Agus Wirahadikusumah (October 17, 1951 in Bandung, West Java – August 30, 2001 in Jakarta), was a high-ranking Indonesian military officer and commander of Kostrad, the Indonesian Army Strategic Reserves Command.
Wirahadikusumah was a graduate of the Indonesian military academy in 1973. He studied at institutions in the United States as well, including Harvard University (John F. Kennedy School of Government). In the last years of the 20th century, he became Head of the Planning Directorate in the Armed Forces Headquarters of Indonesia.
After the resignation of Suharto, Wirahadikusumah emerged as a reformer in the ranks of the armed forces. By 1998, he was, as a Major General, posted at Armed Forces Headquarters where he held the position of staff officer on the Armed Forces' Commander's Staff in charge of political affairs and security. In the same year, he called for the Indonesian military to stop their involvement in political affairs and for the army to become a professional defence force instead.
In January 1999, Major-General Agus Wirahadikusumah, who by now was Chief of the Army Staff and Command School, became the Assistant for General Planning to the Armed Forces Commander.
In 2000, President Abdurrahman Wahid appointed him Commander of the Strategic Reserve Forces Kostrad. He served in this position from 29 March 2000 to 1 August 2000. Wirahadikusumah supported Wahid's decisions, including that of dismissing General Wiranto as security minister. Wiranto referred to him as a "bad apple".
While Wirahadikusumah was popular with ordinary soldiers, he also created enemies for himself, as he took up the fight against corruption within Kostrad. As a consequence of these activities, he was dismissed from his post as Commander of Kostrad in summer 2000. However, according to Umar Wirahadikusumah, his uncle, the post of Chief of the Indonesian Military (TNI) had been offered to Agus Wirahadikusumah on 23 July 2001.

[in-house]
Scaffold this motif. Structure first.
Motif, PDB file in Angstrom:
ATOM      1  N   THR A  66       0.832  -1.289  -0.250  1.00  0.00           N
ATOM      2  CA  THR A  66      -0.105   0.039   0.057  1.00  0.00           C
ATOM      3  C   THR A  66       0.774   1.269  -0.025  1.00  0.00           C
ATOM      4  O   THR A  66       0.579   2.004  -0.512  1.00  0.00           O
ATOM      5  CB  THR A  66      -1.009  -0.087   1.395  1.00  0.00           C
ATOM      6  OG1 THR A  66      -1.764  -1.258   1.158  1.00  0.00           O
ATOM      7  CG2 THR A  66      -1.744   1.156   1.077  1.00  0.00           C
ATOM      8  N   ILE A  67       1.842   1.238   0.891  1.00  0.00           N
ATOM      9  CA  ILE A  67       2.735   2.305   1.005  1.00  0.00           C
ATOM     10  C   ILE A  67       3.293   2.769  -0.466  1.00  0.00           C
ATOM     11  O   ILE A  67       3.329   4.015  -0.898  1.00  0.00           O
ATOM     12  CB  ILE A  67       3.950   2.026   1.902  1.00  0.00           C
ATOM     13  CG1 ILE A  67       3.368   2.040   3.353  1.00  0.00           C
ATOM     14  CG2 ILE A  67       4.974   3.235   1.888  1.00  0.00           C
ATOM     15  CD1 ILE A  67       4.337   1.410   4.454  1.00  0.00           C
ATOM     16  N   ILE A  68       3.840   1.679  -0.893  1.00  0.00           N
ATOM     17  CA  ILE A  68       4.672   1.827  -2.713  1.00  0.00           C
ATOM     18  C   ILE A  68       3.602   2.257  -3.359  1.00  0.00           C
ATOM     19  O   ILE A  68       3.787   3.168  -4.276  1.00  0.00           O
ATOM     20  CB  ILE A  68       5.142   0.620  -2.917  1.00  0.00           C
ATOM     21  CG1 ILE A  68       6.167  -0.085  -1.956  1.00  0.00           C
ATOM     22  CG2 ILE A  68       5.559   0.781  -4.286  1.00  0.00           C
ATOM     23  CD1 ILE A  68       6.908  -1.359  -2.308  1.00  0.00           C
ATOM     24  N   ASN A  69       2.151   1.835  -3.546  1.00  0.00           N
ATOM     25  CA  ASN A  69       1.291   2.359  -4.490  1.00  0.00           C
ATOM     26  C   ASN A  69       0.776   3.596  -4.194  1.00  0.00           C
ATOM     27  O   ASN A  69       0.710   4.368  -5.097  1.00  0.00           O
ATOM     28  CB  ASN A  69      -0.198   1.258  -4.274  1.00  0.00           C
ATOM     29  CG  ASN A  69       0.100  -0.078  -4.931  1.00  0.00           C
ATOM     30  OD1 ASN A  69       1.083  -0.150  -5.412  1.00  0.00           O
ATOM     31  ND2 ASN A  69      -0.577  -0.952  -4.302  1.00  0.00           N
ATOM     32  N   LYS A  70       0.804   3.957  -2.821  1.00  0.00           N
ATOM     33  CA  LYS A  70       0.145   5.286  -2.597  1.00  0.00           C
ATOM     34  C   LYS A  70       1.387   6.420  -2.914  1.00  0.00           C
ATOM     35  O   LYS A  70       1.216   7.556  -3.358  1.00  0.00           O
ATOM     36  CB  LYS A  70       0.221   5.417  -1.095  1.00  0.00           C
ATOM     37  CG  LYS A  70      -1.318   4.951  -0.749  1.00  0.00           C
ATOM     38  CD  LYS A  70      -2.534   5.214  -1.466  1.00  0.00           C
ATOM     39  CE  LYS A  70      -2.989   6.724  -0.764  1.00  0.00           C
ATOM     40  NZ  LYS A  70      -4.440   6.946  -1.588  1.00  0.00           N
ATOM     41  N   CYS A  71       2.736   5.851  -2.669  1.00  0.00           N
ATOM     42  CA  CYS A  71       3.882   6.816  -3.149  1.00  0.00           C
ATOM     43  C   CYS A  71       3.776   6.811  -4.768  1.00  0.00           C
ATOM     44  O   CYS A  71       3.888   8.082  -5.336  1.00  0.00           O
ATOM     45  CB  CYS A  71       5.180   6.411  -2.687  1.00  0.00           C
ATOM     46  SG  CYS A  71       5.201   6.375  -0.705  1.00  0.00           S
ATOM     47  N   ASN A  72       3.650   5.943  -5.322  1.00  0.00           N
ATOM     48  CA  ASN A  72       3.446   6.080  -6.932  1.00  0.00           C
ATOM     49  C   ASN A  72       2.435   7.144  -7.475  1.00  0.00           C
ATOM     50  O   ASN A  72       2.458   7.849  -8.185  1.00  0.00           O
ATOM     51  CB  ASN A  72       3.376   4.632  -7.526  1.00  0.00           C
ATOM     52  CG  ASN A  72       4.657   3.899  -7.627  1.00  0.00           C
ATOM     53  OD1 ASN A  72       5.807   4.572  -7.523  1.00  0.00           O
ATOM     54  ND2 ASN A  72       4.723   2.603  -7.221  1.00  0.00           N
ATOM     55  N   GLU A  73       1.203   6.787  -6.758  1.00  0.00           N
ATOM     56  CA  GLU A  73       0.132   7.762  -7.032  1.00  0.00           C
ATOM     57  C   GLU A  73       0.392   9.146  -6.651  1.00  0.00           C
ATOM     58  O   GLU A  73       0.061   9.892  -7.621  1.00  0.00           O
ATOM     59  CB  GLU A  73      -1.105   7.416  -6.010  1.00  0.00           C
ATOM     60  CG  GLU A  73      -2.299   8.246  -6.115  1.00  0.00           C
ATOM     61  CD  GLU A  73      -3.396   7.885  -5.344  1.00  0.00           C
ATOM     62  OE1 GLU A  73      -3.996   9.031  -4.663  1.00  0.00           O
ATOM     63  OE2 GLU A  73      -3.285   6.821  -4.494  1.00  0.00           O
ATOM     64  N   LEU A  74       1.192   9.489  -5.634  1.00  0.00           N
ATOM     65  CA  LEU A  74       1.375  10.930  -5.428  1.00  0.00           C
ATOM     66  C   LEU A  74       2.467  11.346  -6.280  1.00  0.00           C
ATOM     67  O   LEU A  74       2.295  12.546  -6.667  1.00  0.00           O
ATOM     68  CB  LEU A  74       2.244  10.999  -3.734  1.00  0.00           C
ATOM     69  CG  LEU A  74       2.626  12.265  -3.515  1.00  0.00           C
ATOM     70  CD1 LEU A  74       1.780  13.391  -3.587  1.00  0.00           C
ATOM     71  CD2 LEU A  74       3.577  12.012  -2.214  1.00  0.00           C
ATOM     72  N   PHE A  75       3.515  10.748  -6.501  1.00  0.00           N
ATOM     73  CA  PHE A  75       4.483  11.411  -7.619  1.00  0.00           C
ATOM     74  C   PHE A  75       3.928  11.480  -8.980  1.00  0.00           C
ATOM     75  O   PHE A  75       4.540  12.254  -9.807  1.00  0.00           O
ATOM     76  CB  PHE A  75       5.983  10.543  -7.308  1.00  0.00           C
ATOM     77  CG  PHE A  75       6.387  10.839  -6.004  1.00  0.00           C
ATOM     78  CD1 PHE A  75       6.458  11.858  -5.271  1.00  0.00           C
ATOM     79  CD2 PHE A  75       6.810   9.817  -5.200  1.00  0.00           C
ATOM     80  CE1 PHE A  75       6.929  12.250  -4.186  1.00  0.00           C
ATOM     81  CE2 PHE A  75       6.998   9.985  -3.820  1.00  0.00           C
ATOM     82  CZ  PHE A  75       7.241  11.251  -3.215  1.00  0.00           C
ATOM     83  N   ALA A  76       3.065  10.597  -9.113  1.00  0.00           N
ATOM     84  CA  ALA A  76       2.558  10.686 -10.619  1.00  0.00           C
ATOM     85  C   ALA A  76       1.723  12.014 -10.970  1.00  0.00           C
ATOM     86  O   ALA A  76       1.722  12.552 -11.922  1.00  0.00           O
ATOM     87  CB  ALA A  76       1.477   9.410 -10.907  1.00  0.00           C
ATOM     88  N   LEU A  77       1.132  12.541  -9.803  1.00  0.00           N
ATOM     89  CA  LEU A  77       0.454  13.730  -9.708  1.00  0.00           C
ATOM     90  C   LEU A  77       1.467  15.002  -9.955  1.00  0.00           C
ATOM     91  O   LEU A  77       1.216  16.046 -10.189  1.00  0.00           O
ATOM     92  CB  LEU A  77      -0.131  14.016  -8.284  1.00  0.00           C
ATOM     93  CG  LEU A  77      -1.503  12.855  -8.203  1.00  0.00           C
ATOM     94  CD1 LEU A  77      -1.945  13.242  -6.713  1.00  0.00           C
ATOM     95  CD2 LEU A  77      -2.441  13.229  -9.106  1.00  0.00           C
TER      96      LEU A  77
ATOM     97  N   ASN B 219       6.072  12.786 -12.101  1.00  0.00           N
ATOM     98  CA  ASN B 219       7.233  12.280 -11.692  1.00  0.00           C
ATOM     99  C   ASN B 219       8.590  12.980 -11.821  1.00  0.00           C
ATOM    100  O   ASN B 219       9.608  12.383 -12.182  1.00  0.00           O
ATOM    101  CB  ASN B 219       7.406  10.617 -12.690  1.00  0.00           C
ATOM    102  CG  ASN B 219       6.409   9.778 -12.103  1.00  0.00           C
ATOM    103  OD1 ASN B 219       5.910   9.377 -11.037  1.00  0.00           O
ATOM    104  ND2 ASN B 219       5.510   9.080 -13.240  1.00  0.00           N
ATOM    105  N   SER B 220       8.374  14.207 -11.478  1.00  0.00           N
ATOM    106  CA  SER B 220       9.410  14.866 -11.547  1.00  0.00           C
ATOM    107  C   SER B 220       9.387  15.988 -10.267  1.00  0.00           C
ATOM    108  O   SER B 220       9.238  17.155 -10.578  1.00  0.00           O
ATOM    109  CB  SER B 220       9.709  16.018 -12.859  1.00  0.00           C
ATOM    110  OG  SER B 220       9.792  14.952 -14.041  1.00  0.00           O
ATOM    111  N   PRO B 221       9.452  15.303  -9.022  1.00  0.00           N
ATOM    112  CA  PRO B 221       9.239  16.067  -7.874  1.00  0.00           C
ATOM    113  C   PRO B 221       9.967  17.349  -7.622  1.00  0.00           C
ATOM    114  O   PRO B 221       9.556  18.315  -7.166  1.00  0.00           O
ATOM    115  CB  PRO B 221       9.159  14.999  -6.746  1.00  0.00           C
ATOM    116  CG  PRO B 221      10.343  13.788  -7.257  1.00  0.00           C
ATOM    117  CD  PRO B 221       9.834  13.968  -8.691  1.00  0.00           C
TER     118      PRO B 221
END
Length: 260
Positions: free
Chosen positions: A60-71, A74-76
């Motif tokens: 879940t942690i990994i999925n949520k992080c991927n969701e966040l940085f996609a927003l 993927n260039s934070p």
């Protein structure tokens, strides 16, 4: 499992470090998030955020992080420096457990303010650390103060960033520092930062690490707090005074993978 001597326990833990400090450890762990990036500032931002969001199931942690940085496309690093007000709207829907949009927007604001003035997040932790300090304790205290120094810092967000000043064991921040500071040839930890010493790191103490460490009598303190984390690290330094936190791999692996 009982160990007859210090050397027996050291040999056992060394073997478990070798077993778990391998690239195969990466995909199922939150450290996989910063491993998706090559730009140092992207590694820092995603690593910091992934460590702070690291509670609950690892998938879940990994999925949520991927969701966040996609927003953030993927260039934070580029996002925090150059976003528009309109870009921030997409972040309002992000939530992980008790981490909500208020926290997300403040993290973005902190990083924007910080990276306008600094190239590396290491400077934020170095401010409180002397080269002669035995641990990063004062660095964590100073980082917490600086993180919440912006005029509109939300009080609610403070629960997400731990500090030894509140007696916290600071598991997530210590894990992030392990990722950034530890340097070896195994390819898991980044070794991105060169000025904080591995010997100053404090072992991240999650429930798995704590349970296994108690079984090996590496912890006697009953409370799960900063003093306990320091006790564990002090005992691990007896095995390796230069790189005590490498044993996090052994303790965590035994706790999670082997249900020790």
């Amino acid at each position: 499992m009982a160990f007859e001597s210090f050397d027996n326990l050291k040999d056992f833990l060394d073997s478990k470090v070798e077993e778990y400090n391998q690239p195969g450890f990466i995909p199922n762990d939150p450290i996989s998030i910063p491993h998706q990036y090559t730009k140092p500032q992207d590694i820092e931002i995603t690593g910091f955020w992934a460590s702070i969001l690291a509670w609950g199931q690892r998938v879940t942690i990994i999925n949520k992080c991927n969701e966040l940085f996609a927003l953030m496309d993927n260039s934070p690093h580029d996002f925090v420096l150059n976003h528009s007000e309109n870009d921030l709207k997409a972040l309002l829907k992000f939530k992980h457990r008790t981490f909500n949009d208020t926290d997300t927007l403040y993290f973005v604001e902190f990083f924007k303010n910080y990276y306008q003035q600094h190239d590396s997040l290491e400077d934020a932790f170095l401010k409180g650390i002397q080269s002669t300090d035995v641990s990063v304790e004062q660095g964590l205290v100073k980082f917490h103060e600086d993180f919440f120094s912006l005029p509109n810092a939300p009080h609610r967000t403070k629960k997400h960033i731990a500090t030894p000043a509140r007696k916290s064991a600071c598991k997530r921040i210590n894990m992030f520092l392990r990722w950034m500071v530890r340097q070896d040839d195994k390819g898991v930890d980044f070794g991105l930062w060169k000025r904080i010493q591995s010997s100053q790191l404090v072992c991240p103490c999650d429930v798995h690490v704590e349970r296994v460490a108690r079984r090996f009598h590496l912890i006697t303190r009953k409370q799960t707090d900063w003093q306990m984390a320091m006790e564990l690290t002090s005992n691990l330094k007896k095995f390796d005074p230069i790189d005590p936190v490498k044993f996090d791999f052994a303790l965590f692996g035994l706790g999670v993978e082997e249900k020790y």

On 30 August 2001, Wirahadikusumah was brought into Pertamina hospital in South Jakarta at 06:19. A hospital employee stated that he was already dead when he was brought in, that the cause of death was unknown and that no autopsy had been conducted. According to The Jakarta Post, the probable cause of death was heart failure. However, some people alleged that he might have been assassinated, due to his reformist stance and for uncovering 189 billion rupiah corruption scandal in Yayasan Dharma Putra Kostrad, a military owned charity organization. His body then buried in Kalibata Heroes Cemetery, Jakarta.
Apart from military affairs, Wirahadikusumah was also interested in sports and was Deputy Chairman of the Badminton Association of Indonesia. In this function he was instrumental in the 1998 plan to bring about meetings between former Indonesian Badminton champions (such as Tan Joe Hok) and their successors to share their experiences and make them better prepared for upcoming tournaments. In 1998, he was Manager of the Indonesian Thomas Cup team which won the Cup that year. Wirahadikusumah was awarded the Satya Kebudayaan Medal for this achievement by the Indonesian President Habibie on 9 September 1998.
Agus Wirahadikusumah married to Tri Rachmaningish. They had two children: a son, Yunan Mahastra Satria (born 22 June 1977) and a daughter, Diyah Gustinar Savitri (born 14 July 1975).
- "Vocal Reformist Indonesian General Dies", AFP, 30 August 2001
- "An officer and a reformer", The Australian, 13 September 2001
- "Outspoken army general dies of heart failure", The Jakarta Post, 31 August 2001
- "Outspoken Indonesian military reformer dies, age 49", Associated Press, Chris Brummit, 30 August 2001
- "Badminton body asks advice from former champions", The Jakarta Post, 18 March 1998
- "Indonesian Thomas Cup Team wins 1st place in Group", Antara, 20 May 1998
- "Govt honors Thomas Cup team", The Jakarta Post, 10 September 1998
- "Sugiono gets promotion in major reshuffle", The Jakarta Post, 5 January 1999
|Commanders of Kostrad
29 March 2000 – 1 August 2000